On Tuesday, Netflix told investors that it had lost almost 1 million subscribers in the second quarter of the year, and would be hastening plans for a cheaper, ad-supported subscription tier and a clampdown on account sharing in an attempt to shore up its customer and revenue numbers. It’s the latest in a fairly long line of negative news stories about the streaming giant, which have included layoffs and a reported downscaling of production, particularly in animation and in prestige film and TV.
Why, in the middle of a streaming boom that Netflix has led from the front, is the company suddenly in trouble? There are a few potential reasons — and Netflix’s position at the vanguard of streaming is one of them.
With 220.6 million subscribers, Netflix’s audience is enormous, and genuinely worldwide. It could be reaching the point where there are few people left who might subscribe to it and haven’t yet — at least in prosperous countries with good internet access. As the first company out of the gate, it stands to reason that Netflix would be the first service to find itself testing the limits of how many people actually want a premium video streaming subscription.
Add to this the tough economic conditions at the moment, with energy and fuel costs rising sharply and a recession looming, and it’s easy to understand why Netflix’s seemingly unstoppable growth has gone into reverse. Netflix might represent good value for money as entertainment, but it’s still an inessential monthly cost that’s easy to cut if you’re a family trying to balance its books.
That’s the simple answer, and more or less the explanation that Netflix has been presenting to its investors. Cutting costs, adding a cheaper offering along with a new revenue stream (advertising), forcing moochers to actually pay — these actions all make sense for a company staring down the barrel of hostile market conditions.
But Netflix faces a bigger existential threat that it has yet to seriously tackle. And it’s one that gets to the heart of the real-world decision users are making as they hover over the unsubscribe button.
Of course, it won’t have escaped Netflix’s management that the service is facing much tougher competition now. But what the company doesn’t seem to be responding to is how that competition is exposing the weaknesses in Netflix’s actual product: its original films and TV shows.
In terms of sheer audience size, Netflix has only one close competitor — Amazon Prime Video — although the comparison is not quite like for like. Prime Video is estimated to reach about 200 million people, but it is only one benefit of an Amazon Prime subscription, and perhaps not even the most important one — that being guaranteed two-day delivery on most items bought from Amazon. While Prime Video is the only service to reach remotely as many homes as Netflix, it’s something of an outlier, since people might (and probably do) subscribe to Prime for other reasons.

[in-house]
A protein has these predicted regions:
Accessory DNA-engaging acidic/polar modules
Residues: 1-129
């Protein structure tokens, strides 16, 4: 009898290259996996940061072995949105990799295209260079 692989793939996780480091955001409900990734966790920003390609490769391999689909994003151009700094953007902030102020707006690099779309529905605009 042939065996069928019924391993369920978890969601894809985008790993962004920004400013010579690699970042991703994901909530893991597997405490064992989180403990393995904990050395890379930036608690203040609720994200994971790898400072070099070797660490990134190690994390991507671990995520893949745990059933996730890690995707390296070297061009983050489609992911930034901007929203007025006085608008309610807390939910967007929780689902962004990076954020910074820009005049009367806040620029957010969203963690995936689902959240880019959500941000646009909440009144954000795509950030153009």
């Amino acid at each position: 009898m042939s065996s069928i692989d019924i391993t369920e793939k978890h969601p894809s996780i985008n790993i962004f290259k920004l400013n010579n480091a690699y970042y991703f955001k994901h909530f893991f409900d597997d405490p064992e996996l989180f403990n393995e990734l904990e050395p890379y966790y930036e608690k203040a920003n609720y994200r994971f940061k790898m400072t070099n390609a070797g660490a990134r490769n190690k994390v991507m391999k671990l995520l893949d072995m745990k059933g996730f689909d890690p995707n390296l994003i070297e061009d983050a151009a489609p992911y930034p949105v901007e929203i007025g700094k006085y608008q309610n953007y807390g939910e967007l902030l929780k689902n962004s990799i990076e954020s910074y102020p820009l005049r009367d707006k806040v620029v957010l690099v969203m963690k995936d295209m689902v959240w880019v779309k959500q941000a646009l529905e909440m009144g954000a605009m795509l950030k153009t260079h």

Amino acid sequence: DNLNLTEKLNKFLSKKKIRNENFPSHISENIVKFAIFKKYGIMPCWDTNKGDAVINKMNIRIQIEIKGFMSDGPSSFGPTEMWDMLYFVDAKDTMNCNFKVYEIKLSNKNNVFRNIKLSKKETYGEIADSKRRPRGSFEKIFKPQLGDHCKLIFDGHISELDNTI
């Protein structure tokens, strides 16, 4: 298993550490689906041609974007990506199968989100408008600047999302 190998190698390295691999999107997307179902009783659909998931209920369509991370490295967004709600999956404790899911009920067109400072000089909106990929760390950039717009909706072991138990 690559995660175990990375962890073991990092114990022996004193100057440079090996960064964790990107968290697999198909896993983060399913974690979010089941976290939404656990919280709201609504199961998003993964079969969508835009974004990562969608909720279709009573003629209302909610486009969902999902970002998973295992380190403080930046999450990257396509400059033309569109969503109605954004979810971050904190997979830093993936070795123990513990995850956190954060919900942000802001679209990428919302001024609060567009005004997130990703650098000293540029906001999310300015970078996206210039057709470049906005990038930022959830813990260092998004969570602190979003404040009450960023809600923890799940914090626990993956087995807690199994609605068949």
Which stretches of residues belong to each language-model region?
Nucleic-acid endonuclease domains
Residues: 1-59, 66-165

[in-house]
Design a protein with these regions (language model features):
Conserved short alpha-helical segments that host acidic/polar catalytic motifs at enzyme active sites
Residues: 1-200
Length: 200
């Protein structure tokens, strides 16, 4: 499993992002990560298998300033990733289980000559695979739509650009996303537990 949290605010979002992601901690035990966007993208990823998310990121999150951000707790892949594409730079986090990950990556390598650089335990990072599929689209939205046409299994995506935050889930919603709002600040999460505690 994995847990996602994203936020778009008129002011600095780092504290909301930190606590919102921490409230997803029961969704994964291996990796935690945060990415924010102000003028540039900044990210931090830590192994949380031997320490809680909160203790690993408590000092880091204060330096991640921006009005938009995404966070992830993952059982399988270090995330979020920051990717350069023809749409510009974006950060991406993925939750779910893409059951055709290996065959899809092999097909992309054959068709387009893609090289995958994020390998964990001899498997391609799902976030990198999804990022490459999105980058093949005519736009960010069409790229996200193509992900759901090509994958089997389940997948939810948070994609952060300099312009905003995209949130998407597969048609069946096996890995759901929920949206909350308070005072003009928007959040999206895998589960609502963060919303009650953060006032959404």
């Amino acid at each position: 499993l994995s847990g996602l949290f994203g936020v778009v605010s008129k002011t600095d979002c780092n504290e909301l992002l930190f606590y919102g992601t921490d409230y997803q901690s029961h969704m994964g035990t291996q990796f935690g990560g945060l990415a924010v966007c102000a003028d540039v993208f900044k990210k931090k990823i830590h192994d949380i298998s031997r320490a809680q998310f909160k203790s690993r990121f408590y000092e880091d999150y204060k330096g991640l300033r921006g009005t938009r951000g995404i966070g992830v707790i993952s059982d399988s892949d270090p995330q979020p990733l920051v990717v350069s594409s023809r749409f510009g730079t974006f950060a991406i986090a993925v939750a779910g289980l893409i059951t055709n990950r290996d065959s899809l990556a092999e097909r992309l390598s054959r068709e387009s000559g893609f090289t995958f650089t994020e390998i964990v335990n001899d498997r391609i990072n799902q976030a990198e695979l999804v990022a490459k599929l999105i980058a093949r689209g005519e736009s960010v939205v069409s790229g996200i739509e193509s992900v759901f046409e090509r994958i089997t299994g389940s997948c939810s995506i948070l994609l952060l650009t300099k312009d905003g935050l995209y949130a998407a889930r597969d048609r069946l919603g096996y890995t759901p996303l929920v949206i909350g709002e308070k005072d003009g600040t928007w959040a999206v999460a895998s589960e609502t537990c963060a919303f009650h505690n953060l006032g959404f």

Disney Plus has made enormous inroads in its brief two-and-a-half-year life. In fact, if you combine its 137.7 million customers with the 45.6 million subscribing to Hulu, you could argue that Disney is already in the same ballpark as Prime Video and Netflix. (Throw in the 22.3 million users of ESPN Plus, and Disney’s streaming subscriber base tops 200 million — although it’s worth noting that the company counts Disney Bundle customers three times.) HBO Max, meanwhile, has over 75 million subscribers. Paramount Plus, Apple TV Plus, and Peacock are each around the 30 million to 40 million mark. All these services (bar Apple’s) lean heavily on their parent companies’ position at the heart of Hollywood, combining original programming with fresh-from-the-theater movie releases and deep archives.
There are a lot of these services now, and few households can afford to subscribe to them all. Even setting aside Amazon Prime as an outlier, Netflix is fighting half a dozen serious competitors for the right to stay in your monthly budget. And if it is losing subscribers, it is because it is losing that fight in the place that really matters — exclusive stuff that people want to watch.